Until 1969 most of the major volcanic activity on Kilauea was at the summit caldera as described in the previous post. But in that year another centre of activity began at what is now known as Mauna Ulu. This was the start of a trend for volcanism to move to the south East. Currently most activity is at Pu’u ‘O’o.
Activity started along a fissure with lava fountaining out of a mile long crack.
Most of the lava went downhill as lava flows but there was a spatter upslope which has left a distinctive “Spatter Rampart”.
The fountaining lava gave rise to huge deposits of cinders, many of which have a colourful irridesence.
Also there are abundant streamlined droplets of flying lava called “Pele’s Tears”.
In a few months the activity had concentrated at the future site of Mauna Ulu and the lava shield began to build. The surrounding countryside was covered with lava and lava flows ran towards the sea. Further along the “Chain of Craters Road” you can see where lava flows from Mauna Ulu ran over a cliff and down towards the sea building lots of new land.
Nearer to Mauna Ulu itself the lava flows covered a tree covered landscape. Often the trees leave a memory of themselves in the shape of “Lava Trees”.
The lava comes against the tree and solidifies immediately due to the water content of the tree. More lava solidifies and the rest of the molten lava flows past the solid mass. Meanwhile the tree burns away just leaving its shape behind. When the lava stops the level drops and the lava tree is left standing proud.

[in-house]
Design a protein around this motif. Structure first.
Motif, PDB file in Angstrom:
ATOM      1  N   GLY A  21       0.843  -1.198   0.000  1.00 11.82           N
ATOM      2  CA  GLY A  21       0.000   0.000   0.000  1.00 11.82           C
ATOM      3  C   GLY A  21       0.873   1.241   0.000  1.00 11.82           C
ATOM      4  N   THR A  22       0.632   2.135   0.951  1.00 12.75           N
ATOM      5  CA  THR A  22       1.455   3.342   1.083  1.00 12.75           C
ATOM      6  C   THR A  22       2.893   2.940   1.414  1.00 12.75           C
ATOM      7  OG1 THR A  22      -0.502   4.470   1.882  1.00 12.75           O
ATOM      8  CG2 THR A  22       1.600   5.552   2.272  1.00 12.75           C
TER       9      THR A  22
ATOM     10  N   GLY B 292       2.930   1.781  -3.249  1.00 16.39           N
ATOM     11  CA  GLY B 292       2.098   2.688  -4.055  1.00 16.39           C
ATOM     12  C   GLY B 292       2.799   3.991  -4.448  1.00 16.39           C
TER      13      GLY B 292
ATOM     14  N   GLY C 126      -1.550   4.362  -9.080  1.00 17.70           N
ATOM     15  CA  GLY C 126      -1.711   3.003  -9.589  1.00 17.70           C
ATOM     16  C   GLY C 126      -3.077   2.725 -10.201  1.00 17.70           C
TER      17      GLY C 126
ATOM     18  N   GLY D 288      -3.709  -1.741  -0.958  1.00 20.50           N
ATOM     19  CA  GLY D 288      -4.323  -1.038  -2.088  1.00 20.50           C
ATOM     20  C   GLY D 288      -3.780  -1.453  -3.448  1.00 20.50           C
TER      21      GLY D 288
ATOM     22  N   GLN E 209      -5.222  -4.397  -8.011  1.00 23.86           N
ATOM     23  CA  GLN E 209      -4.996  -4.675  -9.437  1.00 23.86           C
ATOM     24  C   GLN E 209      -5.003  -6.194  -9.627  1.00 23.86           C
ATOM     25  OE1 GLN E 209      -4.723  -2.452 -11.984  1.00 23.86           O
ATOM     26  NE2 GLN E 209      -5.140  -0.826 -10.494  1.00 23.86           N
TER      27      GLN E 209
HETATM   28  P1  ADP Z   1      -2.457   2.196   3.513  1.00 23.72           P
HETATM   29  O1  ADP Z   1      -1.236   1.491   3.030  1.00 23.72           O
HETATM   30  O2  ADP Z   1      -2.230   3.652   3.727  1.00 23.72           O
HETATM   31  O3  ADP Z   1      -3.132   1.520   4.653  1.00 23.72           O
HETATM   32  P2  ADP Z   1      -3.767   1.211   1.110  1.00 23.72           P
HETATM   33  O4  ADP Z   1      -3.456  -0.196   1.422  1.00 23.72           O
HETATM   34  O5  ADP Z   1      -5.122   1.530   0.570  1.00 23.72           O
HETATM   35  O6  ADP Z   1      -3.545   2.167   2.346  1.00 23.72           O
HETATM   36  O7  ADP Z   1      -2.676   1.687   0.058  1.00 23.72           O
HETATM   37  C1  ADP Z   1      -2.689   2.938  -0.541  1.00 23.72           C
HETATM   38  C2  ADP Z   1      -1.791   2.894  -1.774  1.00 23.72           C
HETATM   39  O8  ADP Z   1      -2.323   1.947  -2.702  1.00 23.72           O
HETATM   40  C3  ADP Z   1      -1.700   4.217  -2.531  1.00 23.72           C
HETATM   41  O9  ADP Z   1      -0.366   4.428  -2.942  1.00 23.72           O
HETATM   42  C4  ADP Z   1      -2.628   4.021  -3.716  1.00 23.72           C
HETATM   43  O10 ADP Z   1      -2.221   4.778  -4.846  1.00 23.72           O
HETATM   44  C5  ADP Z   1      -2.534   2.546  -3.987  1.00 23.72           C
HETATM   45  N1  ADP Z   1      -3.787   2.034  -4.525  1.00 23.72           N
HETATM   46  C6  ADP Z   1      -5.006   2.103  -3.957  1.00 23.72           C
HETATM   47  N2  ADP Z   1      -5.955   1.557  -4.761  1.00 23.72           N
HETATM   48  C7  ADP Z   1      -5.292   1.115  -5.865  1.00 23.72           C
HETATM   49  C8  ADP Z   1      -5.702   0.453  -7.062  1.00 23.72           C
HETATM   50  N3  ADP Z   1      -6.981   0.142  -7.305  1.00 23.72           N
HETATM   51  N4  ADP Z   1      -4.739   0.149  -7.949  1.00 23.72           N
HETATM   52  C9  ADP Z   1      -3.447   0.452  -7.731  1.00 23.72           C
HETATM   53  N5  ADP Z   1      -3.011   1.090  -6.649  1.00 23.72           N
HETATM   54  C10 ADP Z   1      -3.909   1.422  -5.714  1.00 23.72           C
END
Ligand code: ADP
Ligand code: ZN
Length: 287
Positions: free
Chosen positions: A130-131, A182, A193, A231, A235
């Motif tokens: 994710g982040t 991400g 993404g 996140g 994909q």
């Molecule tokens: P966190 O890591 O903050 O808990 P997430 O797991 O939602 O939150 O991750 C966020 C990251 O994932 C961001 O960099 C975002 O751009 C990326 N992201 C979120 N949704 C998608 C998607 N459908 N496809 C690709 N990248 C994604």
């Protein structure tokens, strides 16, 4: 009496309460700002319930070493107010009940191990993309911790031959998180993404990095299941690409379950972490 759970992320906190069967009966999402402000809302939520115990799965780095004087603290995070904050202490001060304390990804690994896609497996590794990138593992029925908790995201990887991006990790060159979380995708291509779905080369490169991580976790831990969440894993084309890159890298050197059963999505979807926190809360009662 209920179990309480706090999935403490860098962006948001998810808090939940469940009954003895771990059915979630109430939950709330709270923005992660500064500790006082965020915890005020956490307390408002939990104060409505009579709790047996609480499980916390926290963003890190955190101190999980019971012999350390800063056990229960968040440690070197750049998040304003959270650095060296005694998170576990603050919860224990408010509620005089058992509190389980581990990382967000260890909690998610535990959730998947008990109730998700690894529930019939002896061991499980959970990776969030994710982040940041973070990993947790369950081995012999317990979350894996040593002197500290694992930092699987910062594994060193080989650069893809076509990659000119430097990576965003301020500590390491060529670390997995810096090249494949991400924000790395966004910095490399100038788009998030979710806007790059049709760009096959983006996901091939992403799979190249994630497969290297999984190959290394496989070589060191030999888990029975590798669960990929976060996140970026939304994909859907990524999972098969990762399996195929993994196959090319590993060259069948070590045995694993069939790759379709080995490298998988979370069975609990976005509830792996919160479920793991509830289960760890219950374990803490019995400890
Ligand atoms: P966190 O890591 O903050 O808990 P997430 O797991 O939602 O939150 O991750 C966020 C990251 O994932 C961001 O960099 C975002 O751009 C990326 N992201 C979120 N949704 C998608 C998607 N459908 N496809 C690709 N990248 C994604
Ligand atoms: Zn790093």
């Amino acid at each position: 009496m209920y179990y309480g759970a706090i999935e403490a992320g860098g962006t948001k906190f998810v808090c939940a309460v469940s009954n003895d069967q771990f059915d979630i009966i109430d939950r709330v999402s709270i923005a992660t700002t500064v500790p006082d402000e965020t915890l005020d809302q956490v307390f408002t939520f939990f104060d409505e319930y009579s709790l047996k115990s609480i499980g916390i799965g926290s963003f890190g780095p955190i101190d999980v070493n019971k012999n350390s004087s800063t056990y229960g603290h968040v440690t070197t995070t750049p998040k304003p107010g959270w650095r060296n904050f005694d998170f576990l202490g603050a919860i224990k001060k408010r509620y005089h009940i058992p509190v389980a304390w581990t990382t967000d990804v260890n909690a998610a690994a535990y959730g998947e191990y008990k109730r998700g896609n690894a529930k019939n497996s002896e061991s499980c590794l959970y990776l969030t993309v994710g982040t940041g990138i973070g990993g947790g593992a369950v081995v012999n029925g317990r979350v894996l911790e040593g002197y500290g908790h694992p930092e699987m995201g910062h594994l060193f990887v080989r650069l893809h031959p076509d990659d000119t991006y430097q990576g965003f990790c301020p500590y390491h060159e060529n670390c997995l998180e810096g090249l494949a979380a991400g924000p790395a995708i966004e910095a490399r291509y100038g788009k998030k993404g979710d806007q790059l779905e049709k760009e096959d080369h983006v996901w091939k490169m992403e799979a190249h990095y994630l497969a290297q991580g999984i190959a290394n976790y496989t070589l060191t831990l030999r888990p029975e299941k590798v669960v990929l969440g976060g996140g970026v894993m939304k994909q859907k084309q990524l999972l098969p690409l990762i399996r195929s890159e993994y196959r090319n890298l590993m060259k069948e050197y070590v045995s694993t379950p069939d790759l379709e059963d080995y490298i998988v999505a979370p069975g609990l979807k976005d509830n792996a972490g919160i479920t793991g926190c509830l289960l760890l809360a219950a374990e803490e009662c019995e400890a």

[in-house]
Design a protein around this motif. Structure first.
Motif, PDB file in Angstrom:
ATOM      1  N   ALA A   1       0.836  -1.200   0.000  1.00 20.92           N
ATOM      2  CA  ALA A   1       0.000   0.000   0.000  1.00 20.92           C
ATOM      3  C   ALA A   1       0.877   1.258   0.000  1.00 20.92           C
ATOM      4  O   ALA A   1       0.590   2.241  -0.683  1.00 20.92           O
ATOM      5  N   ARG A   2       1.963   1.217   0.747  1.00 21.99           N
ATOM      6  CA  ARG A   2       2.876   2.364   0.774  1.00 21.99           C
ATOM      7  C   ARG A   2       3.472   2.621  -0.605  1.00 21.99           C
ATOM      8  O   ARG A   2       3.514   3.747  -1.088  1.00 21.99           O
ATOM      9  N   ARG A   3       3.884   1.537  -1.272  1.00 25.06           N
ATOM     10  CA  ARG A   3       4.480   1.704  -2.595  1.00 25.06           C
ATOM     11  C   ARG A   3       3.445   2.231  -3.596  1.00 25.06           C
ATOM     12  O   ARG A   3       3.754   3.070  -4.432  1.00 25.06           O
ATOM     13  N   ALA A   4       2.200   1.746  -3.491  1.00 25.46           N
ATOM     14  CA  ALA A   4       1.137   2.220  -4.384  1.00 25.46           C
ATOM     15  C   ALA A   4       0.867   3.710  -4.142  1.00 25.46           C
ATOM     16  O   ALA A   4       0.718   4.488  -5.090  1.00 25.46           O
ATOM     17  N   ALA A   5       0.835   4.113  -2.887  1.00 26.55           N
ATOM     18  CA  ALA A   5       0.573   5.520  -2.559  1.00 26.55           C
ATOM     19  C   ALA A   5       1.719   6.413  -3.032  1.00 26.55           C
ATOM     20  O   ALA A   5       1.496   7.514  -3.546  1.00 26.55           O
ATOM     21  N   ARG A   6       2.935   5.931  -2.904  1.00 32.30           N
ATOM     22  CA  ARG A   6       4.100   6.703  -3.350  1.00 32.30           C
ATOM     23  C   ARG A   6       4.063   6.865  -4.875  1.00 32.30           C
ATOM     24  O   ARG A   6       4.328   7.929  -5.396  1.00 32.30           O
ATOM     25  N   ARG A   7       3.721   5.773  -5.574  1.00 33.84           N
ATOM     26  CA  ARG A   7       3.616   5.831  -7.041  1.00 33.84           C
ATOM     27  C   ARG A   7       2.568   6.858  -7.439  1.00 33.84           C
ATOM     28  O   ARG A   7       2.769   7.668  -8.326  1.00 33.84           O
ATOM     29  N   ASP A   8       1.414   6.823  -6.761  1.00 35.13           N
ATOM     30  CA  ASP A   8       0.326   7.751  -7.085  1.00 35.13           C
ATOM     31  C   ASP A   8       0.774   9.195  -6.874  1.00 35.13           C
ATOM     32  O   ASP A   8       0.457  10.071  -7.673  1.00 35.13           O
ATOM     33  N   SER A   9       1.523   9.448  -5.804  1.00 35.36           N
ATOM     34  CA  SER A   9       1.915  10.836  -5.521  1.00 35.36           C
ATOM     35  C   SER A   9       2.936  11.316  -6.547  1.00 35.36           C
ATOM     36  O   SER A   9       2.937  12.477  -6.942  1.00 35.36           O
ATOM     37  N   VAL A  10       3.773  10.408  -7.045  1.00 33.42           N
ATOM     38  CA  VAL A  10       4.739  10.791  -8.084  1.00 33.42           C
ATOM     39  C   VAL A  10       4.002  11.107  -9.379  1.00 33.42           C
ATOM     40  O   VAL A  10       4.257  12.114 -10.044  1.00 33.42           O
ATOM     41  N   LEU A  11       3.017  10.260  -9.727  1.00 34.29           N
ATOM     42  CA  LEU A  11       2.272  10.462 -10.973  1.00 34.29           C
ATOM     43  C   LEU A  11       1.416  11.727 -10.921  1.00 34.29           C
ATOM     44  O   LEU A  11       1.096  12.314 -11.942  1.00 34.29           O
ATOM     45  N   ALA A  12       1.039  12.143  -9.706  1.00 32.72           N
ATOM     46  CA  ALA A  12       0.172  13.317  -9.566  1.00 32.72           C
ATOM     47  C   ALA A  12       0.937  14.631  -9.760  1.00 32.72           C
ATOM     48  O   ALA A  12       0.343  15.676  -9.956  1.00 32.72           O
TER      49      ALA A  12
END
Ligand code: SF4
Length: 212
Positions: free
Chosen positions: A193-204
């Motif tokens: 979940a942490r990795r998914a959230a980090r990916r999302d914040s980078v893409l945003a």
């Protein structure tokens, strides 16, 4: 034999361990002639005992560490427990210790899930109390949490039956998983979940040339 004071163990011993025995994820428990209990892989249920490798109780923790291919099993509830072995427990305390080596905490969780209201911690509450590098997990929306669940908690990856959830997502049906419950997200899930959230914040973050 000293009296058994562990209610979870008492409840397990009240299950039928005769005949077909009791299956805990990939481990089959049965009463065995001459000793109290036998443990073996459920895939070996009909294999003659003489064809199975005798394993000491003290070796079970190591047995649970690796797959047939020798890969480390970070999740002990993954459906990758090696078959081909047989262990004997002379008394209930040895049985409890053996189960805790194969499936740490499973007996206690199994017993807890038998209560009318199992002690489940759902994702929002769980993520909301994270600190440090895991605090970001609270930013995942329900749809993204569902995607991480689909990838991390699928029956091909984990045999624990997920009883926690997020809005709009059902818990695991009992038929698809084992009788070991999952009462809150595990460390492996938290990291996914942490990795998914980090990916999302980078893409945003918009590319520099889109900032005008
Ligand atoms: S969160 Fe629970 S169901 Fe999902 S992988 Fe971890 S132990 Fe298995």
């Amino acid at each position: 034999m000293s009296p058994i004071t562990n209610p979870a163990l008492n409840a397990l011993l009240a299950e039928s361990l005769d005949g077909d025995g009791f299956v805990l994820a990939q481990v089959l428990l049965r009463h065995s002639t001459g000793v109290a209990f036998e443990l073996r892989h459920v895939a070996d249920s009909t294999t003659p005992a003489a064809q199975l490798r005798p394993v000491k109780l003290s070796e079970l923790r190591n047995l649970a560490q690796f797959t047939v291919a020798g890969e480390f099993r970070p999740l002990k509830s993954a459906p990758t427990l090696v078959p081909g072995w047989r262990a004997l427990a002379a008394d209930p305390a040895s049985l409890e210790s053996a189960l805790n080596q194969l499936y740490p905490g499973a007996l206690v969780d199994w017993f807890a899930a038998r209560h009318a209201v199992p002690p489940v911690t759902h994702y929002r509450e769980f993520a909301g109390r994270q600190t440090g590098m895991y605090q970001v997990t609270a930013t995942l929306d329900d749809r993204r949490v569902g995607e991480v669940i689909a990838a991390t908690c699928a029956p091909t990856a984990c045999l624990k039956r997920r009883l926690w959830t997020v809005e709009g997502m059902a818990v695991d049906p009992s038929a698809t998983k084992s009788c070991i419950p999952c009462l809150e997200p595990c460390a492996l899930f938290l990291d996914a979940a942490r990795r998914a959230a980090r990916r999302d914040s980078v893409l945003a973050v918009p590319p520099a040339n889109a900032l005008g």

Mauna Ulu built itself up to a height of 120m above its surroundings. This was done by a series of lava flows like that below.
Put a lot of these together and you end up with a lava shield.
From the lookout over Mauna Ulu you can see, on a good day, Pu’u ‘O’o where most of todays activity is.
There is much, much, more to the geology of Hawaii than I have given here but I hope I have given a taster of what can be seen. I’m disappointed that there was no flowing lava to look at but what I saw was very interesting. I suspect I will have to come back again!
A very good map and pamphlet about the geology of Kilauea can be downloaded from HERE.